We all remember the now infamous “Joba Rules”, right? They were limits placed upon the hard throwing right-hander to protect his powerful arm for the future. As we now know this ridiculous practice did more harm than good and helped unravel a very promising career for the Nebraskan Man-child.
In Washington DC the brain trust decided to do a similar protection program with their “Can’t miss” prospect Stephen Strasburg. How’d that work out? Well, it has hurt the young hurler. It was thought he’d be lights out the way Kershaw is…but he’s not. He is a good pitcher…not a great pitcher. The over babying of Joba Chamberlain, Stephen Strasburg and many others directly cause their arms to suffer. Period.
Can we name one over protected pitcher that has benefited from being treated like the living room at your parent’s house? You know the “nice” room for special occasions and important company. I can’t.
Anyone who has ever worked out knows that muscles build through proper diet, PROPER rest and exercise. If you are on a strenuous workout regiment and then stop abruptly or scale back in an extreme way you are MORE LIKELY TO SUFFER AN INJURY WHEN YOU BEGIN WORKING OUT AGAIN! In plain English, LET THE YOUNGSTERS THROW! Let them eat innings and develop their arsenals. Whoever came up with this way of developing pitchers should be banned from the game.
Here is a tip. If you have an 11 year old that really loves the game and dreams of being a Big Leaguer someday, DON’T TEACH HIM TO THROW BREAKING STUFF! Let the child (and that’s exactly what he is) learn the game, throw the ball to the glove and play every position on the field. More and more we have parents and coaches telling their young athletes to toss a curveball or change up. NO. NO. NO! They aren’t built for that yet. They need to grow and strengthen. By the time they reach High School they have already begun to damage their elbows and are more likely future candidates for Tommy John. Why not do it “Old School”? Allow the kid to play the game, learn the ropes and focus on the enjoyment of competition. They will learn the slider and spilt when their bodies are mature enough to handle the strain.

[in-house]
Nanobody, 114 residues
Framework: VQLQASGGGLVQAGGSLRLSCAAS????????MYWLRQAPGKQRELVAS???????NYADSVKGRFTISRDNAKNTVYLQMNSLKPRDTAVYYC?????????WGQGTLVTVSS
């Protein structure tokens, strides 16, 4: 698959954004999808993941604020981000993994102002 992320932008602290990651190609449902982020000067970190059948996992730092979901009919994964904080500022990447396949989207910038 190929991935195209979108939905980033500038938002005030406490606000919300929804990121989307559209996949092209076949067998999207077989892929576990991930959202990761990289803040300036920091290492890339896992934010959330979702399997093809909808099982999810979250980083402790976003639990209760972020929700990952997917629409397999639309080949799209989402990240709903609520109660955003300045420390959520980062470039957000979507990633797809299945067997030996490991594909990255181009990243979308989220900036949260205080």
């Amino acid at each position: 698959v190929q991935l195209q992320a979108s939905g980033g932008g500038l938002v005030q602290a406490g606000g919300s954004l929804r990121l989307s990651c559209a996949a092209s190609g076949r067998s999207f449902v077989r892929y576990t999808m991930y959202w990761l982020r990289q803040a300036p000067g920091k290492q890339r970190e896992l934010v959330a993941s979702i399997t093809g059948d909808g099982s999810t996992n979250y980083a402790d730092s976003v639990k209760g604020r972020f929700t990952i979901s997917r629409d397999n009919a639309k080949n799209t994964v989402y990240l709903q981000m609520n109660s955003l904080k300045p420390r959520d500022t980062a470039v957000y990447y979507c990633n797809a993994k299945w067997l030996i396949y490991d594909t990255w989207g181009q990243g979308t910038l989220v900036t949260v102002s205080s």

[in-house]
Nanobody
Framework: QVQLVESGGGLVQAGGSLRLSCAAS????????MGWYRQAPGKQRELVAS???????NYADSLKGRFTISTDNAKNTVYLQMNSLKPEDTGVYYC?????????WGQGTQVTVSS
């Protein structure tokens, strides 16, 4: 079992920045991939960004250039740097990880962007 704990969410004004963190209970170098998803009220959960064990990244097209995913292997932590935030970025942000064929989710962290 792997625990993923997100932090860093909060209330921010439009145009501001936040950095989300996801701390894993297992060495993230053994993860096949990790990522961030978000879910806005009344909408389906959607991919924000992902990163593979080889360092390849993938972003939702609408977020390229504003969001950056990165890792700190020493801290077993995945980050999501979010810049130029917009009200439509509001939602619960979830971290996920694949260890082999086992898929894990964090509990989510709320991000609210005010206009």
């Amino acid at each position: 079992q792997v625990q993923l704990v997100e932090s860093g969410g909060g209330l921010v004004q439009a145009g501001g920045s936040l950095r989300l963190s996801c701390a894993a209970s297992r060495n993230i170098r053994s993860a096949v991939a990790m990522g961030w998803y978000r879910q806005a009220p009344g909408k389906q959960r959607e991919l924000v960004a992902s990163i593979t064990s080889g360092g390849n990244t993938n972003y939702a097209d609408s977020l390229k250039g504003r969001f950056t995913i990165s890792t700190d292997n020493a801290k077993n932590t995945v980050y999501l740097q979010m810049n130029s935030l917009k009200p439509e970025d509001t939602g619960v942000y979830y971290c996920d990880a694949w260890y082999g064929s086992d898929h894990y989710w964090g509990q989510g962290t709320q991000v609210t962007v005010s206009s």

I wonder if Ron Guidry, Steve Carlton and even Greg Maddux sit at home in disgust as the pitching coaches walk to the mound to check in on their Ace in the 4th while the manager calls the pen because the pitch count is nearing 55?
Scouts, GMs and front office types are too smart for their own good. A weapon unused becomes a useless weapon pure and simple. Recently there have been rumblings of reversing the position on Luis Severino, and possibly easing back his workload.
Don't you dare, Cashman! If you ruin the best arm from the system in decades you’ll be chased from the Tri-State Area with clubs and torches. Let the young man rumble!
The truth is this whole thing goes deeper than MLB. It is a sad state of affairs in the country. We protect kids from the possibility of losing. We fill their heads with promises and give them a trophy for just showing up. Then when they actually have to go it alone failure upends their entire world. They don’t know how to deal with it and therefore they call it a day. Stop it and quick. We learn for try and fail. We learn to try again. We improve for the next game, match or at bat. A hard fought victory (or loss) is worth 100 times more than a meaningless participation ribbon.
There was a quote written on the wall in the weight room at my high school. It is something I’ll never forget because it cut to the quick of the game of life. No matter what you do. It read:
“An athlete works hard to create the chance of winning. A champion works harder to eliminate the chance of losing.” – Pat McPhillipsLet the youngsters work. Let them bring what they have to the field and give it all they got. Allow them to learn from failures and strive for victories. Holding them back or overly protecting them will rob them of valuable lessons and possibly outstanding careers in whatever they chose to do with the talents they were blessed with.
To quote a Scotsman portraying and Irishman, “Here endth the lesson.”
** Saw this band live recently and absolutely love them. What’s the plan for tomorrow? Who cares PLAY ALL OUT TODAY! Tomorrow will take care of itself.”
--Mike O'Hara Senior "Features" Writer
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